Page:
a The role of senescent fibroblasts in the selective stimulation of initiated and pre-malignant keratinocytes as by osteopontin is depicted. The stimulated keratinocytes in turn re-inforce the pro-malignant environment by secreting ROS and TGF-β, resulting in senescence entry in the surrounding fibroblasts. Some keratinocytes may bypass senescence to become GU dysplastic and OSCC lesions. These OSCC cells show features of invasion and EMT (depicted as EMT keratinocytes in the diagram) such as epithelial discohesion in response to MMP-2 (secreted by the senescent fibroblasts) and, hence, progress to invade the stroma. Fibroblasts from GS dysplasias and OSCCs do not share any of the above features and do not stimulate OSCC invasion. b Summary of the hypothesis that GS keratinocytes carrying NOTCH mutations secrete TGF-β which induces fibroblasts in turn to secrete tumour promoting factors such as FGF-7 and CXCL12, which promote the development and progression of RAS-initiated pre-malignancies and SCCs.

Fig. 1

a The role of senescent fibroblasts in the selective stimulation of initiated and pre-malignant keratinocytes as by osteopontin is depicted. The stimulated keratinocytes in turn re-inforce the pro-malignant environment by secreting ROS and TGF-β, resulting in senescence entry in the surrounding fibroblasts. Some keratinocytes may bypass senescence to become GU dysplastic and OSCC lesions. These OSCC cells show features of invasion and EMT (depicted as EMT keratinocytes in the diagram) such as epithelial discohesion in response to MMP-2 (secreted by the senescent fibroblasts) and, hence, progress to invade the stroma. Fibroblasts from GS dysplasias and OSCCs do not share any of the above features and do not stimulate OSCC invasion. b Summary of the hypothesis that GS keratinocytes carrying NOTCH mutations secrete TGF-β which induces fibroblasts in turn to secrete tumour promoting factors such as FGF-7 and CXCL12, which promote the development and progression of RAS-initiated pre-malignancies and SCCs.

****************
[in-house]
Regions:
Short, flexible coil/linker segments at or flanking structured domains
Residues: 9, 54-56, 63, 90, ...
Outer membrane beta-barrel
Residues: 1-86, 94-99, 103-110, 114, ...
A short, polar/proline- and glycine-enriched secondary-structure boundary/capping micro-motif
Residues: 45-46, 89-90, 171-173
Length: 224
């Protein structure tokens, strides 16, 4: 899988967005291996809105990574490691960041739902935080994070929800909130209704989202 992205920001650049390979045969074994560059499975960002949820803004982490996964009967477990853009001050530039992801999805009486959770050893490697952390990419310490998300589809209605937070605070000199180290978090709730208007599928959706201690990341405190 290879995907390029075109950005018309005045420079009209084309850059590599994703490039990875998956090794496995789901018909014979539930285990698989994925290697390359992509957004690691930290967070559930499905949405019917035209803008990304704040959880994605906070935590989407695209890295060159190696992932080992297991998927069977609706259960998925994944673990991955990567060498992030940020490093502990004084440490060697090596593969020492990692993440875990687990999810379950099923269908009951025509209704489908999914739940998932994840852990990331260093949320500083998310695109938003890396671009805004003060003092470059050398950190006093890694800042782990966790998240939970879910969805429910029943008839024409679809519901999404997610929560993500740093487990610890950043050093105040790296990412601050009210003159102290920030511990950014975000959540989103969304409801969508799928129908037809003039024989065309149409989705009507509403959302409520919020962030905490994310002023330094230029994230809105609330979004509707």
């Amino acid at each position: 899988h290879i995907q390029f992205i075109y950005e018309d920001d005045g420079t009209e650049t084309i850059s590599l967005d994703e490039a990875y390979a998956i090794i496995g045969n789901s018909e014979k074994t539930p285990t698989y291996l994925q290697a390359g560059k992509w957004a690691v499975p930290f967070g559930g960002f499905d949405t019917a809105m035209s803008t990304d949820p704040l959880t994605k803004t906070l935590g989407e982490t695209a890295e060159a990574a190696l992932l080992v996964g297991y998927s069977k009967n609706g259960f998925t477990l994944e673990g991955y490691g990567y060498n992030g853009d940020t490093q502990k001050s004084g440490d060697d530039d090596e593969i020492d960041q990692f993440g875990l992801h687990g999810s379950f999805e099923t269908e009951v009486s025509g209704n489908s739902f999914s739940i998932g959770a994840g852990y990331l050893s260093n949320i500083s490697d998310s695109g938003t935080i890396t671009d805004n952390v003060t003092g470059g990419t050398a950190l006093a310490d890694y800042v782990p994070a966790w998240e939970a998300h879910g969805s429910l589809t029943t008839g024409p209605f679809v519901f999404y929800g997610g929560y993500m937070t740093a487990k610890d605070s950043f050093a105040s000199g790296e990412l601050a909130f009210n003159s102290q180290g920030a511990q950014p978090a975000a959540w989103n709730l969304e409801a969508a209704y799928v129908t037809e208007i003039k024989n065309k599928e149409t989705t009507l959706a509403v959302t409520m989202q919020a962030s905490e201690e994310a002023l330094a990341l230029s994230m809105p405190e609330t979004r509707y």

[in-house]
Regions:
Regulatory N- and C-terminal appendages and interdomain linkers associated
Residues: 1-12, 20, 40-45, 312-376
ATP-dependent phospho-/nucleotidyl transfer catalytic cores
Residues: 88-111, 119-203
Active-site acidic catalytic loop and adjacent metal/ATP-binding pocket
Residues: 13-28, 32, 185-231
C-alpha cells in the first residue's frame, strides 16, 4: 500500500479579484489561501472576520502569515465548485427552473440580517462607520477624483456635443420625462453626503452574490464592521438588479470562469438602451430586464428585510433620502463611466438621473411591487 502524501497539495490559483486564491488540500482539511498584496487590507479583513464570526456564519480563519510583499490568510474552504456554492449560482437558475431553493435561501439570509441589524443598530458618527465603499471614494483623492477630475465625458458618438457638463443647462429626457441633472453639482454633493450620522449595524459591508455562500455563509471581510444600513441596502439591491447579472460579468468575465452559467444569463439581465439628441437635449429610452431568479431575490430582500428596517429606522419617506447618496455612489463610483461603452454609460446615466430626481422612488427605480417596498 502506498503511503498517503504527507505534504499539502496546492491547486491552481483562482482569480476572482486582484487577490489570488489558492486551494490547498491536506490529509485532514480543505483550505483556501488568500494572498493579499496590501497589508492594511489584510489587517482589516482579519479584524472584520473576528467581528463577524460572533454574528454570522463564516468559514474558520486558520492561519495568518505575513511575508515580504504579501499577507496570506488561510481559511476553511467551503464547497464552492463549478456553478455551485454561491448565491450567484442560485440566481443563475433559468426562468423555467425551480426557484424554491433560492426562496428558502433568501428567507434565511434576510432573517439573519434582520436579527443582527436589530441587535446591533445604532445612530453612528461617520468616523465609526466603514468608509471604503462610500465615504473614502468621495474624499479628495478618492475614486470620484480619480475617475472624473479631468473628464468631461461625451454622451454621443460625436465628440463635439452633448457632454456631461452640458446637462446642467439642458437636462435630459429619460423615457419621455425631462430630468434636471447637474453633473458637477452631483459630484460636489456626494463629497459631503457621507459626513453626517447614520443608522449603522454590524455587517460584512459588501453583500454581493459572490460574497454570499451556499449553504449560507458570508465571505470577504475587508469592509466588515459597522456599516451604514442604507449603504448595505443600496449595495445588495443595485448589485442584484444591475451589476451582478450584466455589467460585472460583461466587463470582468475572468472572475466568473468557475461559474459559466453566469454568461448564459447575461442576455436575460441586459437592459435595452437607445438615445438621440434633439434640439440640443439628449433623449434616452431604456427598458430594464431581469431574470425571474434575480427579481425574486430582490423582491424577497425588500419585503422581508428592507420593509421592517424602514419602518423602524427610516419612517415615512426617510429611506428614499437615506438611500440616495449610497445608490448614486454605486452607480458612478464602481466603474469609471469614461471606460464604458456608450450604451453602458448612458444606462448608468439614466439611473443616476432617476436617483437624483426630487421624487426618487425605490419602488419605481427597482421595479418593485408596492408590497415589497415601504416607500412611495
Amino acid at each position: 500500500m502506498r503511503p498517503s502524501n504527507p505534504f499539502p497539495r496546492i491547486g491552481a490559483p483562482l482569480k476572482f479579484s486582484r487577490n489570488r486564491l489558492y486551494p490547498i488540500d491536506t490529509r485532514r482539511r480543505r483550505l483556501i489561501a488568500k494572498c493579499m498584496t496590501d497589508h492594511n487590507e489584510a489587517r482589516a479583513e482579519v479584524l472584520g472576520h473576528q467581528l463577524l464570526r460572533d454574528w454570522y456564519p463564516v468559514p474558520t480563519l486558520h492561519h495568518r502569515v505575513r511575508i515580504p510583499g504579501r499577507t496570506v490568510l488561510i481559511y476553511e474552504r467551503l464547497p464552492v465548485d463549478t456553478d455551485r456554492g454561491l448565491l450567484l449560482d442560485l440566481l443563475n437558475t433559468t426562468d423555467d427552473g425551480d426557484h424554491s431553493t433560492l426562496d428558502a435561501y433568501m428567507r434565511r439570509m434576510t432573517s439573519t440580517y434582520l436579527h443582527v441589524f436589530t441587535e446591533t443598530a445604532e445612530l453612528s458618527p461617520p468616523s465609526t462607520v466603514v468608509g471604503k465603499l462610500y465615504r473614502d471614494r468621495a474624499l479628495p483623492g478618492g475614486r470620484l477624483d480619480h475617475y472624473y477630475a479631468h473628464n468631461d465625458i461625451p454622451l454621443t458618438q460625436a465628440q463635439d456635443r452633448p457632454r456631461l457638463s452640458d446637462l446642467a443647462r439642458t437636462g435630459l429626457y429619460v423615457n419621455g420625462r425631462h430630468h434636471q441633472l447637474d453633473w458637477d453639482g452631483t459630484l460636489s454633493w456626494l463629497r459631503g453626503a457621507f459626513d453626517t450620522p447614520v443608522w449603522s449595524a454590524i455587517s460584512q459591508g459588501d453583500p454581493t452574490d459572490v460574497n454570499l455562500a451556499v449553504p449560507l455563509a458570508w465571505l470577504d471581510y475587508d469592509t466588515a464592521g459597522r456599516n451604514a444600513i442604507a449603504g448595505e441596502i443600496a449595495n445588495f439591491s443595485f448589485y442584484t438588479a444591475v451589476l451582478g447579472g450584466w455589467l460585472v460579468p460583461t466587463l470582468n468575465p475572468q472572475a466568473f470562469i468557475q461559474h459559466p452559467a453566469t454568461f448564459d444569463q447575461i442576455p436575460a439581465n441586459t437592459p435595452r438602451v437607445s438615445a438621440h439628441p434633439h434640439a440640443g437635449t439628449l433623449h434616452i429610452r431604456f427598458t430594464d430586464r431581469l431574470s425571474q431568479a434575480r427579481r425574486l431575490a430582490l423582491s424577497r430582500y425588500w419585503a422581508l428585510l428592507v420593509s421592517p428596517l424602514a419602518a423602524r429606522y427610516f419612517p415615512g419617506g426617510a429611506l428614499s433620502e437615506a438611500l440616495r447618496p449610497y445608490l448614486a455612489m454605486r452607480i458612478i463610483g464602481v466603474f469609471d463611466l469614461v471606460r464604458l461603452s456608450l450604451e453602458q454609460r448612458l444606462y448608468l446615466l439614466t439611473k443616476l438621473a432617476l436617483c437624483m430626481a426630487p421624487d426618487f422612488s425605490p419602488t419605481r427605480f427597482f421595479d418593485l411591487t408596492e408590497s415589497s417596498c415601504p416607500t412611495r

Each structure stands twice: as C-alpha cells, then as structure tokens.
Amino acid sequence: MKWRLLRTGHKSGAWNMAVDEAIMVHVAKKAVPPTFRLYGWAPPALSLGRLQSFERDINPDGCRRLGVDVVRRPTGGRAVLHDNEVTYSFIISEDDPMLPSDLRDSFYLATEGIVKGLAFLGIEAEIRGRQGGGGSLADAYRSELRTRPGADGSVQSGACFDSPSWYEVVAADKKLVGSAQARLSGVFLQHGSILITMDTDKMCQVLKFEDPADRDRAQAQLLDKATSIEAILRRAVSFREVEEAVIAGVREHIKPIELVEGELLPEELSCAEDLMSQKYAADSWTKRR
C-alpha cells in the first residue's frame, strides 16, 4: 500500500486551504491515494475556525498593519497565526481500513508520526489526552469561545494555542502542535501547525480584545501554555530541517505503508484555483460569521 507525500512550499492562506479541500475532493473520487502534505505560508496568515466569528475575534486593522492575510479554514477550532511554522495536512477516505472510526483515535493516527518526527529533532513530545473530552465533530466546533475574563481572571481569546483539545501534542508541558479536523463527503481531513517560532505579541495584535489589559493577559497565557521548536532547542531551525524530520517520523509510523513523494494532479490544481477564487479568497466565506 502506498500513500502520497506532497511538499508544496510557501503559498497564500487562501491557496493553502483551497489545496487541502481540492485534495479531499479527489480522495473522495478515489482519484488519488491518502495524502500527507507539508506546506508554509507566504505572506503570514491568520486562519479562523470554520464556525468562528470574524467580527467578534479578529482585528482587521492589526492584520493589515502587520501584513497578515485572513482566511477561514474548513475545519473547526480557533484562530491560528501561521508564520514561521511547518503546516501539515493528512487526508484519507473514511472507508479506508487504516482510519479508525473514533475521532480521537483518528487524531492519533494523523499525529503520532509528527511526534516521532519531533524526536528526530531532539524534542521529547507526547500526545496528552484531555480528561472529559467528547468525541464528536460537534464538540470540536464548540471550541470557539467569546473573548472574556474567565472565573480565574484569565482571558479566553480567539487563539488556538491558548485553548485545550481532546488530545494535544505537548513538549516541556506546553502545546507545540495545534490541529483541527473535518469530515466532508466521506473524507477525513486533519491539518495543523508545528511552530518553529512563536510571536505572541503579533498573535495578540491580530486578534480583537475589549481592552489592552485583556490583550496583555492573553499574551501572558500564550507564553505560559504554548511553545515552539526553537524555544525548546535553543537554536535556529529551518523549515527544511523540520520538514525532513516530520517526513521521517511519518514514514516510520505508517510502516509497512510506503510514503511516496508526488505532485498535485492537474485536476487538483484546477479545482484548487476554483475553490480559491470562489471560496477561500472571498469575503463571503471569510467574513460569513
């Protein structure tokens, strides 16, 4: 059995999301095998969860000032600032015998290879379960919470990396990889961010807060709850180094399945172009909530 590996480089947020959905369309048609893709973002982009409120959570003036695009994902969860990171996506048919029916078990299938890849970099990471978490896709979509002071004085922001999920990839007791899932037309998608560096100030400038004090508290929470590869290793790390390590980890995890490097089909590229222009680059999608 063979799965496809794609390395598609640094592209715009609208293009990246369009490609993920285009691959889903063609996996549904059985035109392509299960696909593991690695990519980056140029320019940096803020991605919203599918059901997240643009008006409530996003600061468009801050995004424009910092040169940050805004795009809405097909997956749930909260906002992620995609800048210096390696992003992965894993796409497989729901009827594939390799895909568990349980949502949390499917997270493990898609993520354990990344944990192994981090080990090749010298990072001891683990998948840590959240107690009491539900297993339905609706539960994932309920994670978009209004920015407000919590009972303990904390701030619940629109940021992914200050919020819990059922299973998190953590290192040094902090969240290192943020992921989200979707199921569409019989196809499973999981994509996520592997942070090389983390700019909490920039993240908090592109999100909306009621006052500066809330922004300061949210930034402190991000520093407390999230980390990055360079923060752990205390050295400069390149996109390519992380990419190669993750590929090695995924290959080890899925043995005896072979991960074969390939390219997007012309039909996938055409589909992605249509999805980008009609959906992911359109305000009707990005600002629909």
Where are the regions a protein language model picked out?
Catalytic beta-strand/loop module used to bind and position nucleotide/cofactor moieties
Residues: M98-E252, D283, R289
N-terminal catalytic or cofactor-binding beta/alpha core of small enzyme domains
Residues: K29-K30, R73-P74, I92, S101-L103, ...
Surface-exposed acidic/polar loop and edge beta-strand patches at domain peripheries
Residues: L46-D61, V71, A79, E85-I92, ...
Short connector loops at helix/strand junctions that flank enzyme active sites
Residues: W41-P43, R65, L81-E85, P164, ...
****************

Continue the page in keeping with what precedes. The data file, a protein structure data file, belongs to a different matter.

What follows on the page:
Close modal

There are reports of SCC samples that have few or no copy number variations [1,2,24], and these tumours are reported to possess RAS, PI3K and CASP8 mutations and to have a much better prognosis [1]. However, we found no evidence of the above mutations in either GS- or GU-OSCC cultures [25,26], except for one CASP8 mutation in a GU-SCC [Thakker, pers. commun.] with a good clinical outcome. Colon carcinomas have been divided into microsatellite instability and chromosomal instability subtypes [27], but neither GS-OSCCs nor GU-OSCCs show any evidence of microsatellite instability [20,21] or mismatch repair gene mutations [1,2], and, interestingly, chromosomally stable colon cancers have been reported that are neither microsatellite instable nor chromosomally instable [27]. It is also possible that SCCs are mixtures of GU-SCCs and GS-SCCs (see above), and the inevitable selectivity of a biopsy (whether it is cultured or not) may add to the difficulty of interpretation. What is clear is that the GS-OSCCs are not merely normal keratinocytes as they are resistant to suspension-induced terminal differentiation [21] and have altered transcriptional profiles [3]. Some studies do support the ‘mixture' hypothesis; notably, CDKN2A/p16INK4A deletions are detectable in vivo using in situ techniques [28,29] and are very common in GU-SCC tumour lines [30] but very hard to detect in vivo with PCR or Southern blotting, and although this has been interpreted as contaminating normal tissue [28,29], it may equally be due to GS-OSCC tumour cells that are known to contain intact and wild-type CDKN2A genes. Furthermore, the frequency of tumours carrying CDKN2A/p16INK4A inactivation is very similar to the fraction of GU-OSCC tumours.

In mouse skin, Notch1 deletion results in the loss of epidermal barrier function and, although not capable of initiating neoplasia, the Notch1-deficient keratinocytes promote both the development of papillomas harbouring RAS gene mutations and their progression to carcinomas by the secretion of transforming growth factor β (TGF-β) 1 and 2 and the induction of an activated stroma with increased vasculature and increased levels of the keratinocyte mitogens fibroblast growth factor-7 (FGF-7) and CXCL12 [31] (fig. 1b). Interestingly, in a subset of human epidermal SCCs, RAS mutations and NOTCH1 loss-of-function mutations are often found in different parts of the same tumour [32], which supports the hypothesis that similar NOTCH1 tumour-promoting mechanisms may operate in heterogeneous human tumours. It remains to be established, however, whether GS-OSCC or -OPMLs can promote the progression of the GU cells, either directly or by inducing fibroblast activation indirectly.